On Wednesday night Amazon and California state legislative leaders reached a tentative deal with respect to the state’s new online sales tax law. Under their agreement Amazon would not have to collect sales tax until September 2012, and in return the retailer would drop its referendum campaign to overturn the law, on which they have spent $5 million so far.
“It’s a safe harbor for up to a year,” State Assemblyman Charles Calderon told the LAT of the agreement he helped strike. “If they can’t get Congress to act by next July, then they will start to collect the tax in September 2012. If by chance they get Congress to act, then that would trump the state law.” There is no indication, however, whether Governor Jerry Brown will support the deal. (And existing California law still requires residents to pay the state sales tax for online purchases when it is not collected by the etailers.)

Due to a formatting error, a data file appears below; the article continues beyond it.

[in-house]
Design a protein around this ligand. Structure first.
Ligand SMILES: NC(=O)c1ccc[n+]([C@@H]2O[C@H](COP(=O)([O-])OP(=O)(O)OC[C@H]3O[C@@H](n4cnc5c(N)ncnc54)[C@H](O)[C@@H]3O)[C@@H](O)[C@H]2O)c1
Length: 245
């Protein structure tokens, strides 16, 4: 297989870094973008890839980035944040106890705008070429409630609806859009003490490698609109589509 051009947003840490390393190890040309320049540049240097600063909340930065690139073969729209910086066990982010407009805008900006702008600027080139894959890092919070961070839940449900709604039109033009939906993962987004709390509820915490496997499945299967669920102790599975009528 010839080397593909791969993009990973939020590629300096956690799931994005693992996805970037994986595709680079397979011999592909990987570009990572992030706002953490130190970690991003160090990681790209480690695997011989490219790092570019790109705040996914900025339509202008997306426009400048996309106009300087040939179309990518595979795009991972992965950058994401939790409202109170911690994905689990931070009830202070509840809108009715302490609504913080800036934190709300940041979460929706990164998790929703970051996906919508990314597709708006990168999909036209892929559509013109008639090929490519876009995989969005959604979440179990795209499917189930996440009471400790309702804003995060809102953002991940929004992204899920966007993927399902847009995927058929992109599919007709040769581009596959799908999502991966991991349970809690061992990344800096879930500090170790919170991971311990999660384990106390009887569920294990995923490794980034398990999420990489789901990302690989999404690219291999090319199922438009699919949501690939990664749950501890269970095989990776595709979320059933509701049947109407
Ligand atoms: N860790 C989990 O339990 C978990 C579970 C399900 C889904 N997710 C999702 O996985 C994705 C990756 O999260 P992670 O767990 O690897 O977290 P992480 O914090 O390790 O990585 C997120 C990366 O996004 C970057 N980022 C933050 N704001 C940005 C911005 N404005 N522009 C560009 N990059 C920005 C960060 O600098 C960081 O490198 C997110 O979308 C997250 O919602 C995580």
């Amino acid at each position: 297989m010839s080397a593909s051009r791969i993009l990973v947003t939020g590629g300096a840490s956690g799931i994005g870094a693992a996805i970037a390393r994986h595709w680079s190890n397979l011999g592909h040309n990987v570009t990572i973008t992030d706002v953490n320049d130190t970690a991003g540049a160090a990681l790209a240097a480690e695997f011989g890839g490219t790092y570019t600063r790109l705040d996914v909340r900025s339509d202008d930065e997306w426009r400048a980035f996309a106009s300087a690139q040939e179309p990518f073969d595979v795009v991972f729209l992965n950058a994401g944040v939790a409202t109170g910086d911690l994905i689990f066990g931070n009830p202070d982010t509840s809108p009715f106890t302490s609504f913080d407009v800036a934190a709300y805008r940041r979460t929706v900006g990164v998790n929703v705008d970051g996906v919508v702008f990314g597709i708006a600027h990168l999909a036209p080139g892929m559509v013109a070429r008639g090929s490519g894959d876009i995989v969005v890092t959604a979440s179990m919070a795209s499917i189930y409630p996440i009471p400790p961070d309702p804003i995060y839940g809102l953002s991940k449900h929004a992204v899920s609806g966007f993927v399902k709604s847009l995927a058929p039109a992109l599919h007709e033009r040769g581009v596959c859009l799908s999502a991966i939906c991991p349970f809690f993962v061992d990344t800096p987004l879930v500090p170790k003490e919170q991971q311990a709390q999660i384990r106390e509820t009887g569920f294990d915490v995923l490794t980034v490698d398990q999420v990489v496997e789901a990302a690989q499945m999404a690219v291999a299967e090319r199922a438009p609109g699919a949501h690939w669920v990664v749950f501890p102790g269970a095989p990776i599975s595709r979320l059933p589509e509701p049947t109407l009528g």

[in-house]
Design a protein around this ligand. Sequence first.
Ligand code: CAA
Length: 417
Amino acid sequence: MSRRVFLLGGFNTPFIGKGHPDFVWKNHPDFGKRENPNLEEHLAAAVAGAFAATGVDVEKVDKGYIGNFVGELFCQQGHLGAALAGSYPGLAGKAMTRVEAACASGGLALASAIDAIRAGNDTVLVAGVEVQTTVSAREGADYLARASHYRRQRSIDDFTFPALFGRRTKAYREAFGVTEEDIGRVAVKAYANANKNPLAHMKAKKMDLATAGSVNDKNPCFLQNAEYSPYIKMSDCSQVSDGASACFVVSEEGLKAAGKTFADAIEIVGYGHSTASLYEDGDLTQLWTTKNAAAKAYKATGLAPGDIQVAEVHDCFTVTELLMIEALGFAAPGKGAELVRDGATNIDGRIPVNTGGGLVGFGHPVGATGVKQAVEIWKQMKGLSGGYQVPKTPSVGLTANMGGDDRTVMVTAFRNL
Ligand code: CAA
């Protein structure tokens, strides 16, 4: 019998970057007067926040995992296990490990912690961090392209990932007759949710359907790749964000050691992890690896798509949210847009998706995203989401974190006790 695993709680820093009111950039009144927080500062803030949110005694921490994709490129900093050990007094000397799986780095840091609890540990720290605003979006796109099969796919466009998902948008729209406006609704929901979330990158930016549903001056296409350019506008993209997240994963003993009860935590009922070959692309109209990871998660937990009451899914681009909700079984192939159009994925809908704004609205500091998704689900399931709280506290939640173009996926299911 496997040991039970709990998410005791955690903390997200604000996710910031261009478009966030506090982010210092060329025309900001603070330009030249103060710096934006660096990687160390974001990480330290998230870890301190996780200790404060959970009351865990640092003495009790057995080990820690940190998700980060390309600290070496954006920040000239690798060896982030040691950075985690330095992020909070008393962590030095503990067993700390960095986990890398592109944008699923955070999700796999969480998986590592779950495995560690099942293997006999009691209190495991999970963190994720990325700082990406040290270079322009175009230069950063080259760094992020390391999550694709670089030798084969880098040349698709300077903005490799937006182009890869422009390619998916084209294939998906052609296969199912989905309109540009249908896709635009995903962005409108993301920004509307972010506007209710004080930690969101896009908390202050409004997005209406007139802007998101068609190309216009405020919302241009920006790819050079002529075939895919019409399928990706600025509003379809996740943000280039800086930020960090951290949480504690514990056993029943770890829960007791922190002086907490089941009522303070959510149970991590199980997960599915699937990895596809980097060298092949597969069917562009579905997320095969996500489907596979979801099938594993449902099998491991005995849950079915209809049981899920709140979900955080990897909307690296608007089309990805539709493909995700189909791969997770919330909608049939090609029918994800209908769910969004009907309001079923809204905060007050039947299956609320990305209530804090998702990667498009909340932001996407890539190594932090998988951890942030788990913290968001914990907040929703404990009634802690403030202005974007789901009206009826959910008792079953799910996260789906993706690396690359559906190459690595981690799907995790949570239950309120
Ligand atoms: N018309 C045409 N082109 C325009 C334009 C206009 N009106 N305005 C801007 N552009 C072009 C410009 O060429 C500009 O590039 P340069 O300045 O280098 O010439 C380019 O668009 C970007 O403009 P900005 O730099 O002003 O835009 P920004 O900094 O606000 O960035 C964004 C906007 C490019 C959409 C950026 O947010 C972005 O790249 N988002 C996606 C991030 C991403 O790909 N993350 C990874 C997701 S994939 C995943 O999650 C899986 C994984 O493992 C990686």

Presidential candidate Mitt Romney billed his jobs plan yesterday, which is presented in a 161-page downloadable PDF and ebook, BELIEVE IN AMERICA: Mitt Romney’s Plan for Jobs and Economic Growth. If Romney wants to boost jobs across the country, some may wonder why he’s specifically driving traffic to Amazon’s Kindle instead of making the free file available on all the ebook platforms. (At least one Amazon commenter from Colorado lamented, “I find it ironic that a book about creating jobs on a web site that put so many mom and pop book, record and other types of stores out of business….”)
This morning the title was No. 13 on Amazon’s free Kindle list. The campaign says 15,000 people downloaded the title (also available via a goofy requirement to “pay” with a Tweet or Facebook post to qualify for a free PDF).
Moving from Amazon to Google, in France, Albin Michel, Gallimard and Flammarion dropped their 9.8 million euro lawsuit against Google so as to resume negotiations on the scope of Google’s digital books scanning. “This is a great news,” Google Books French director Philippe Colombet told Bloomberg. “We are keen to discuss constructively and work with publishers around the world to preserve and disseminate our important cultural treasures, and to find new business opportunities for authors and publishers.” Earlier Google reached agreements with Hachette Livre and La Martiniere Groupe to allow scanning of out-of-copyright works.